When you dine you will be given a hand towel or towelette. Usually before the meal. This is a hand towel. It’s not a face towel, a neck towel, a behind the ears towel. Do not rub the inside of your gums with it, or remove your mascara or check your sweat pits or blow your nose. Just wipe your hands and fold it and leave it next to your place setting.

Speaking of nose blowing, better not to do this in public or in front of Japanese hosts either, especially loudly. Turn your head away, walk away, go to the bathroom, head indoors, just don’t blow your honker in public.


The number four in Japan is considered unlucky. It conquers up all thoughts and juju around death. So avoid it.

Silence is golden

You don’t have to fill the silence with incessant chatter. The meditation happens in the gaps between conversation. Raising your voice is not going to make the Japanese person understand you better. It will just give you a bad name. Stay calm, breathe go, with the flow. So what if they gave you the wrong baked dessert, will it ruin your life, no, and maybe this one is better.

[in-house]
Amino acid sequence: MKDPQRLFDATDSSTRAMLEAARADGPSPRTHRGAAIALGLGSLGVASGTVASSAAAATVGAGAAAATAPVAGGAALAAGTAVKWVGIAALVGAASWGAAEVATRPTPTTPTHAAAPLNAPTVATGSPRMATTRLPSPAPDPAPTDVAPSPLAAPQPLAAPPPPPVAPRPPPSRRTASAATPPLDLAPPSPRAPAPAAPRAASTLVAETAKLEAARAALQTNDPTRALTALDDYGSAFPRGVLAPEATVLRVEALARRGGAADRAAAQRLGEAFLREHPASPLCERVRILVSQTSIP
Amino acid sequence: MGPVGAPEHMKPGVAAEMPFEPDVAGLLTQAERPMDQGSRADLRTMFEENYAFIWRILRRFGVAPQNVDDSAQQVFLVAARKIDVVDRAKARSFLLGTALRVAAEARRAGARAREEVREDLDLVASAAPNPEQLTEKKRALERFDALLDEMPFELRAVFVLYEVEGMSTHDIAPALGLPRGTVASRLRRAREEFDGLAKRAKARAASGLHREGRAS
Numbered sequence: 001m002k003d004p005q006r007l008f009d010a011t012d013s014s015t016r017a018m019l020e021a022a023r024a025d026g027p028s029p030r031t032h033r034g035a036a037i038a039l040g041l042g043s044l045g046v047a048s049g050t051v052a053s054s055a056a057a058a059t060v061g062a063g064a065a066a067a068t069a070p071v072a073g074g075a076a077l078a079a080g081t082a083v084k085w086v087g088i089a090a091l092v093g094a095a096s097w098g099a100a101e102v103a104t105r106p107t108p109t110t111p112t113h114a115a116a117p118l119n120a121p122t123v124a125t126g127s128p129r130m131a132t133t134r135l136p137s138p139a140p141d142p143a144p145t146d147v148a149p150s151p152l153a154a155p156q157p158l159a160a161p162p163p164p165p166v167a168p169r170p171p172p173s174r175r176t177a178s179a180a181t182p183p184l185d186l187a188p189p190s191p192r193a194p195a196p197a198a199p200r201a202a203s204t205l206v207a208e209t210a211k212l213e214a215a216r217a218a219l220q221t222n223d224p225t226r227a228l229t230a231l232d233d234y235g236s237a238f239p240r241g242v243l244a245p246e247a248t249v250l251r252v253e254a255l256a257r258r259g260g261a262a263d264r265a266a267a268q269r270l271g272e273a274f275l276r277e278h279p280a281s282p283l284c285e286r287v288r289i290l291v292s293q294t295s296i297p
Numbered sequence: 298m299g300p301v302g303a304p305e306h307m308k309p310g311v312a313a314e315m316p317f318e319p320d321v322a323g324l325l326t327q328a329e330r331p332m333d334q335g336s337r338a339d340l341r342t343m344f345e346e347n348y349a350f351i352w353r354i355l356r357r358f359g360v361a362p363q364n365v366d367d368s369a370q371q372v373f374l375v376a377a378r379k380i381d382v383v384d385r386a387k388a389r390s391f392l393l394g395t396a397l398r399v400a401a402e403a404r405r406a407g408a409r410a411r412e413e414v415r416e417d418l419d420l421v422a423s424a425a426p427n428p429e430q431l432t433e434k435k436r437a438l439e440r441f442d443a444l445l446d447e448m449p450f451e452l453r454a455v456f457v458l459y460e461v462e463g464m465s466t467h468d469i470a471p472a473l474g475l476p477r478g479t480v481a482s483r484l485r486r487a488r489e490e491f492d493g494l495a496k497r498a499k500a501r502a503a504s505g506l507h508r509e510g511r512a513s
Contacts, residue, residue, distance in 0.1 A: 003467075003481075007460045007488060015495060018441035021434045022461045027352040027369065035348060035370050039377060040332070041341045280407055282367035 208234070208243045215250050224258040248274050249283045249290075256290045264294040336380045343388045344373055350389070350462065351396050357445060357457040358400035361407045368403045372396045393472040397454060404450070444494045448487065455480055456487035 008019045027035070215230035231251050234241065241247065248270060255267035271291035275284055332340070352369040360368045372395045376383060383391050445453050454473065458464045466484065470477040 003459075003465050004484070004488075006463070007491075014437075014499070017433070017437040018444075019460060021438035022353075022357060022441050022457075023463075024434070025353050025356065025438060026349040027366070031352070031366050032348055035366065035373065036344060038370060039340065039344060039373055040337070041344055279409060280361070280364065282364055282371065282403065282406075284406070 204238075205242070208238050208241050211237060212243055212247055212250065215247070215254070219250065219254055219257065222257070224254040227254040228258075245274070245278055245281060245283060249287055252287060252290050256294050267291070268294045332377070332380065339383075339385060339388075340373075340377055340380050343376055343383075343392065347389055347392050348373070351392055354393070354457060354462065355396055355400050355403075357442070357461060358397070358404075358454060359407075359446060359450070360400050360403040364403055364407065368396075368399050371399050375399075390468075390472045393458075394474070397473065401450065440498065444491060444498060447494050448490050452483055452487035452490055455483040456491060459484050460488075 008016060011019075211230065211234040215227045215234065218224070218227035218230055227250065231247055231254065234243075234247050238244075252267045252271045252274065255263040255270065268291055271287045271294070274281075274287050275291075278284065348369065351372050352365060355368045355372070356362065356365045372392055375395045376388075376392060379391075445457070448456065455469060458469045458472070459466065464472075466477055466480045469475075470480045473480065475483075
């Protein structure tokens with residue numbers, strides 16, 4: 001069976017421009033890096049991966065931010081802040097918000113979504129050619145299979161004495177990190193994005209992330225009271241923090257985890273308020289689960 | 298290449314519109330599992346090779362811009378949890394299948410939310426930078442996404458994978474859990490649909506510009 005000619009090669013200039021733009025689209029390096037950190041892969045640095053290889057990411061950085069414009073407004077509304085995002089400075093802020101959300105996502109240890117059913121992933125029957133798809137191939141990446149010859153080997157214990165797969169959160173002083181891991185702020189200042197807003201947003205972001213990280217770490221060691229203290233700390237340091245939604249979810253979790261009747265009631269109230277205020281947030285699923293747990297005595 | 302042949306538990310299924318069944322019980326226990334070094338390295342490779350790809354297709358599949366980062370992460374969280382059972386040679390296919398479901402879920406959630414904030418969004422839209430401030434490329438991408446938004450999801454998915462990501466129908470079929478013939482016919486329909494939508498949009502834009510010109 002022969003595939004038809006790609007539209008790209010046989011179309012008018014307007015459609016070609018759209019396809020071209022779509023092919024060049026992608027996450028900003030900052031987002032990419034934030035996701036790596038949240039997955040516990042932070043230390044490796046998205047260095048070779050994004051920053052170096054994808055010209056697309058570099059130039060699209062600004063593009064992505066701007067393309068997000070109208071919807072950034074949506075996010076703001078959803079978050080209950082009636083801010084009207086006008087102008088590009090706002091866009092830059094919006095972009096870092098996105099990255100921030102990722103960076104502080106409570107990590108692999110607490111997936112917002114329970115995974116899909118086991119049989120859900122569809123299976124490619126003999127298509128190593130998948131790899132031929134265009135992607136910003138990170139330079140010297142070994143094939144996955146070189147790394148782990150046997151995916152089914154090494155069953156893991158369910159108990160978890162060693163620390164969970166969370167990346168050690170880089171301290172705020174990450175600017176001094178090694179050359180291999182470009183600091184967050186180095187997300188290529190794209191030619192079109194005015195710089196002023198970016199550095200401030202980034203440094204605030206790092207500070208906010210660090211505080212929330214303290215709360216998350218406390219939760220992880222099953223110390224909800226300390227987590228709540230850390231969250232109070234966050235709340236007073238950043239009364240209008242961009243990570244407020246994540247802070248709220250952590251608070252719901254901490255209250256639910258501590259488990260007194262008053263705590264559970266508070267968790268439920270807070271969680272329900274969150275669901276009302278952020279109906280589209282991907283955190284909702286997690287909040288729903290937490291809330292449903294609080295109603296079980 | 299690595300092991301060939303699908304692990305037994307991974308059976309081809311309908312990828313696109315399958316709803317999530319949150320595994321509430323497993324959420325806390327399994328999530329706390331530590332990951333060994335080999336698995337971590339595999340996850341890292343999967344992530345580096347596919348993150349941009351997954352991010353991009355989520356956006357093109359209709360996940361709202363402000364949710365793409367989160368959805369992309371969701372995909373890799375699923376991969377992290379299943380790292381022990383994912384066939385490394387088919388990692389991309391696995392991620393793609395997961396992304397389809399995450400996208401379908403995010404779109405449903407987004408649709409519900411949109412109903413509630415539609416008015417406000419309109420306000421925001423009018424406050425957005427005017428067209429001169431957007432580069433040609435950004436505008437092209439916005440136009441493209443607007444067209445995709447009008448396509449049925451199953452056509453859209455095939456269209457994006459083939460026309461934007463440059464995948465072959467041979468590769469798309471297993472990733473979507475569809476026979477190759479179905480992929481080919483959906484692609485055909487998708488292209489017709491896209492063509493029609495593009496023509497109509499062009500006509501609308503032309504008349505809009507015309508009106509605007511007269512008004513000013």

When a Japanese person is talking with you, remember to nod. It’s polite and shows you are listening. They love nodding, so nod a lot.

No touching or staring

Japanese are private people they are not a naturally affectionate race like the Italians who love nothing more than a hug, a back slap and gesticulations. Do not touch other than shake hands and high fives where appropriate.

Do not overpower with your handshake though, one must remain limp handed and head bowed down. If domination is your default, this country is not for you. Oh and don’t stare, even if they are staring at the gaijin.

Pash on your own time

Public displays of affection are considered wrong.com. If you must pash and grope each other do it in the privacy of your accommodation when no one else is around. No one needs to see your sake fueled tongue exploring the cashms of your partner’s dental orifice.

No cell phones

Chatting on your phone on a train or a bus or in a restaurant is impolite. Especially if you are chatting loudly. You can text and go on social media and be online but keep your sounds on silent.